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Diamond nanothreads to join graphene as the world’s next wonder material

Diamond Thread
John Badding Lab/Penn State University
Move over graphene, there’s a new kid in town and it’s poised to take your place as the world’s most promising supermaterial. Also made of carbon, the new material forms a one-dimensional diamond crystal with hydrogen at its cap. It was discovered by a team of scientists at Pennsylvania State University and is called diamond nanothread based on its diamond-shaped arrangement.

Excited by the discovery of diamond nanothread, Haifei Zhan of Queensland University of Technology in Australia decided to look more closely at the properties of the material and see how it could be used. One concern about diamond nanothread that Zhan explored is the material’s brittleness, which may cause it to shatter under any type of force. To see if this concern was legitimate, Zhan and his colleagues modeled the thread material using large-scale molecular dynamics simulations to see how it behaves under different conditions.

Much to the team’s surprise, the diamond nanothread was much more versatile than first believed. Depending on how it is arranged on a molecular level, the material can be rigid or flexible. The basic configuration of the diamond nanothread and the most rigid form is created when the molecules are stacked in a line and polymerized under pressure. The flexibility of diamond nanothread arises from a different configuration that includes “Stone-Wales defects” that act like mini-hinges. The more defects a strand has the more flexible it will be. In theory, a materials scientist could dial in the number of Stone-Wales defects and create a strand that was flexible on one end and rigid on the other.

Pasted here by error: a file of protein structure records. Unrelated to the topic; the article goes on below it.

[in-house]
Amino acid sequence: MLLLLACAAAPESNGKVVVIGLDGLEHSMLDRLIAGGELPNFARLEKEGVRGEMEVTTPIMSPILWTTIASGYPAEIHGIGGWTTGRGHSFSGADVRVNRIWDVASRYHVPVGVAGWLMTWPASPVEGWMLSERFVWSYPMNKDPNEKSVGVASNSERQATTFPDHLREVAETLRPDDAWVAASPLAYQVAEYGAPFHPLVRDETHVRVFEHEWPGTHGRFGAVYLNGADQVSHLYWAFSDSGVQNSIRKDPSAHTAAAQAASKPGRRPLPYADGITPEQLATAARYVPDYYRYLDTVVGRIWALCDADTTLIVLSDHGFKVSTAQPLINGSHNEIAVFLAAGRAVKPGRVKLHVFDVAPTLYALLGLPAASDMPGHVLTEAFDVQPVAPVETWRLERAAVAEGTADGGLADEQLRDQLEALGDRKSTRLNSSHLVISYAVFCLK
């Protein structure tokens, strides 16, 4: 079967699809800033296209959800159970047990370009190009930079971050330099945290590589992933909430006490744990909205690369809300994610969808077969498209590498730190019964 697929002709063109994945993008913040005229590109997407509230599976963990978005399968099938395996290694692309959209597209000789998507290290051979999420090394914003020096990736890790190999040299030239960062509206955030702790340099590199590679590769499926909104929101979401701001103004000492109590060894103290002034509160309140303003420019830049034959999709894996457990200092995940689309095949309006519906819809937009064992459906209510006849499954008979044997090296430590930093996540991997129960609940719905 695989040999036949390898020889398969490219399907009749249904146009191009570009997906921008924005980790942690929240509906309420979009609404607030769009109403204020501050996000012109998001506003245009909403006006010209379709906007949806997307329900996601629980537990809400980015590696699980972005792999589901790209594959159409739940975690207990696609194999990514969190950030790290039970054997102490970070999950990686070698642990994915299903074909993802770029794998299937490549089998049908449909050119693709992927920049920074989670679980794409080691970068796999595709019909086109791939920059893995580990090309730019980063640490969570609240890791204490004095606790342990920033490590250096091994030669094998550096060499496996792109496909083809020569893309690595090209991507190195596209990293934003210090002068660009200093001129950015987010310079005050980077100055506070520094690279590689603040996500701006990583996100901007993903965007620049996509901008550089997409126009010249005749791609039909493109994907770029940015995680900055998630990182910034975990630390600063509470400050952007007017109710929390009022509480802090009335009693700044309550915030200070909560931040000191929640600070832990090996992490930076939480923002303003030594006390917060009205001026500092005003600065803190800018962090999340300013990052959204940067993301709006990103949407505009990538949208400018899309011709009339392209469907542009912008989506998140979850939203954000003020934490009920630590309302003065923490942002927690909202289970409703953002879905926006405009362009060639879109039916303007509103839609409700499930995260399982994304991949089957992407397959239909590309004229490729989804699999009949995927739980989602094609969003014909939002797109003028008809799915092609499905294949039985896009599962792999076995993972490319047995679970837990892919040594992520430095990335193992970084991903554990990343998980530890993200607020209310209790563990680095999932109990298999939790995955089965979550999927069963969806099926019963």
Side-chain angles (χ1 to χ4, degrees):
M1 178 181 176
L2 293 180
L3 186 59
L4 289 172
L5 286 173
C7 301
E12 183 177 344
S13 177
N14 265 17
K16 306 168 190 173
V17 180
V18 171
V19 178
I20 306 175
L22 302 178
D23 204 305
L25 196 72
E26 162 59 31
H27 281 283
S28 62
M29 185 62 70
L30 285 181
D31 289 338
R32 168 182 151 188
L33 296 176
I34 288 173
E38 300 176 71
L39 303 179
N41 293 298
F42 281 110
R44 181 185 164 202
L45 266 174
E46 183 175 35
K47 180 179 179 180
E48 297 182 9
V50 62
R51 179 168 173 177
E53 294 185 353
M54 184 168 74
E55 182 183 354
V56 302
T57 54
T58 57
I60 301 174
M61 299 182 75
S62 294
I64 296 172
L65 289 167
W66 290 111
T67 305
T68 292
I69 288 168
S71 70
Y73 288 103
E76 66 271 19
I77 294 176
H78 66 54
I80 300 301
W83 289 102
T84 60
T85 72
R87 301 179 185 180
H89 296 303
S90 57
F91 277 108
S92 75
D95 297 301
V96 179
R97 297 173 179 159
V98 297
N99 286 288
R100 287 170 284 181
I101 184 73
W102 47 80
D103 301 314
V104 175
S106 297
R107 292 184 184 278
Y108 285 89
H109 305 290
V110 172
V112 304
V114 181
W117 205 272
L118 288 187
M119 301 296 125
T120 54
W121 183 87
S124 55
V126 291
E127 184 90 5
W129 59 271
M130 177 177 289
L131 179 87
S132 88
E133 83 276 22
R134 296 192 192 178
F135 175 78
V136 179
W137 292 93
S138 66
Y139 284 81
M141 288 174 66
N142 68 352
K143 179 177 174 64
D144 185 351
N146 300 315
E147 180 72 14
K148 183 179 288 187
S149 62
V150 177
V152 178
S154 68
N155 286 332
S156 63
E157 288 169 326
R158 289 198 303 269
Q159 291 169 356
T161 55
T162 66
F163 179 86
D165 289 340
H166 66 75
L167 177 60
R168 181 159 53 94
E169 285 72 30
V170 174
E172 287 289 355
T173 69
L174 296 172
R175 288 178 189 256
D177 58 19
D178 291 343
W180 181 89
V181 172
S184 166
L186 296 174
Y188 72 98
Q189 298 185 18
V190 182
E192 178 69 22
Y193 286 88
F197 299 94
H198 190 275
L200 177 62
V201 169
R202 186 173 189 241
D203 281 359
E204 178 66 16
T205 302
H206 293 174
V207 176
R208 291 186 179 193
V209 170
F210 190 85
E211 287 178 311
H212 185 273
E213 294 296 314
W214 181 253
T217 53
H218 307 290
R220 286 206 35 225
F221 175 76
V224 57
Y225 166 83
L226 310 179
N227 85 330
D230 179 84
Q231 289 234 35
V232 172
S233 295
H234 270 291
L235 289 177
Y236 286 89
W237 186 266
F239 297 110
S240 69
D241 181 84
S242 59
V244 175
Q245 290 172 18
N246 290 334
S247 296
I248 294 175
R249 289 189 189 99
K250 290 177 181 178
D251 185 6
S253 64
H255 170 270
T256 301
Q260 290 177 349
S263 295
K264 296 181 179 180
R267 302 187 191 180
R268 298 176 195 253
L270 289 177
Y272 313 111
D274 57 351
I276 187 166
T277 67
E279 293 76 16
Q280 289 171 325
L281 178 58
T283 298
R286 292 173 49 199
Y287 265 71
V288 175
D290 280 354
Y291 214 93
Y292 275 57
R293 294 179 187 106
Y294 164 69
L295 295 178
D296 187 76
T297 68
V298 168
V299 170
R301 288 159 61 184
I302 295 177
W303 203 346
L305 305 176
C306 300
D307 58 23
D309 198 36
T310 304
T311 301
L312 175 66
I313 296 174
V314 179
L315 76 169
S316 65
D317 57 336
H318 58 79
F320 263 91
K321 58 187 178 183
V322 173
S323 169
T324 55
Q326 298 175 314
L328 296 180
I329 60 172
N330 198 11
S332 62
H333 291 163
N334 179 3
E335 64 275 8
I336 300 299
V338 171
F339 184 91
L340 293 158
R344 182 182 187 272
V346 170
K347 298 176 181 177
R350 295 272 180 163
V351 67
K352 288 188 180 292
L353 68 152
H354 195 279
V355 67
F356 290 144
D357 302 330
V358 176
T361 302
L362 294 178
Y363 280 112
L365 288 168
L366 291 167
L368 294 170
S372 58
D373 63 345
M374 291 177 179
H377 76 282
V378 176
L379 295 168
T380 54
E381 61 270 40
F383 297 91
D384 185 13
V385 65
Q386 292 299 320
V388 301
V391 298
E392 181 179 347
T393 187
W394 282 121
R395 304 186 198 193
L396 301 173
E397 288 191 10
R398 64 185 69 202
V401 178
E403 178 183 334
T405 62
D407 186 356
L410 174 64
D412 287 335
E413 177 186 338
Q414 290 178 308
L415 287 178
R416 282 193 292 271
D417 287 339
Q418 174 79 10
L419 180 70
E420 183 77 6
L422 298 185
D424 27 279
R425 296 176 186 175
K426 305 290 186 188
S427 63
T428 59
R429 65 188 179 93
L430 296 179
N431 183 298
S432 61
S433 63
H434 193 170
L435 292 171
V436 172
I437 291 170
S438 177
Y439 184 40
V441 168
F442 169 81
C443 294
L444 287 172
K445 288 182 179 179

The ability to change the properties of the diamond nanothread makes it extremely interesting to materials scientists, who always are looking for new and exciting materials to work with. According to Zhan, the ductility of the material is “ideal for the creation of extremely strong three-dimensional nano-architectures.”

Zhan’s observations on the diamond nanothread, though, are still based on simulations and not real world tests. There are bound to be some differences between the modeled behavior of the nanothreads and their actual performance. With interest in carbon materials science at an all-time high, it shouldn’t be too long before we see the development of diamond nanothread construction kits and actual measurements of the material in the real world.

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